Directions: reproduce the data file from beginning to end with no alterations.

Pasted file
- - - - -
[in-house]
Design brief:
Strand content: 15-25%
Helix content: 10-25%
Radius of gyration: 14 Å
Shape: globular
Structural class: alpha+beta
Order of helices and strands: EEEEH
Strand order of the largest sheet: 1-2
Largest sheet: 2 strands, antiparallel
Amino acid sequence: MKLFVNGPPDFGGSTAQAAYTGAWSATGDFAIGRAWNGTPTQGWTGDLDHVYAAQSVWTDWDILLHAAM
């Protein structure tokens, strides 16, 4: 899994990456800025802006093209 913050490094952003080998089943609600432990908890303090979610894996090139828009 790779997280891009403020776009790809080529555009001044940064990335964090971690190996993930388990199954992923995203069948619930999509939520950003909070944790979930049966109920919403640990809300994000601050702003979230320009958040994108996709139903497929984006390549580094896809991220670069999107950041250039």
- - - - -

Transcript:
[in-house]
Design brief:
Strand content: 15-25%
Helix content: 10-25%
Radius of gyration: 14 Å
Shape: globular
Structural class: alpha+beta
Order of helices and strands: EEEEH
Strand order of the largest sheet: 1-2
Largest sheet: 2 strands, antiparallel
Amino acid sequence: MKLFVNGPPDFGGSTAQAAYTGAWSATGDFAIGRAWNGTPTQGWTGDLDHVYAAQSVWTDWDILLHAAM
């Protein structure tokens, strides 16, 4: 899994990456800025802006093209 913050490094952003080998089943609600432990908890303090979610894996090139828009 790779997280891009403020776009790809080529555009001044940064990335964090971690190996993930388990199954992923995203069948619930999509939520950003909070944790979930049966109920919403640990809300994000601050702003979230320009958040994108996709139903497929984006390549580094896809991220670069999107950041250039």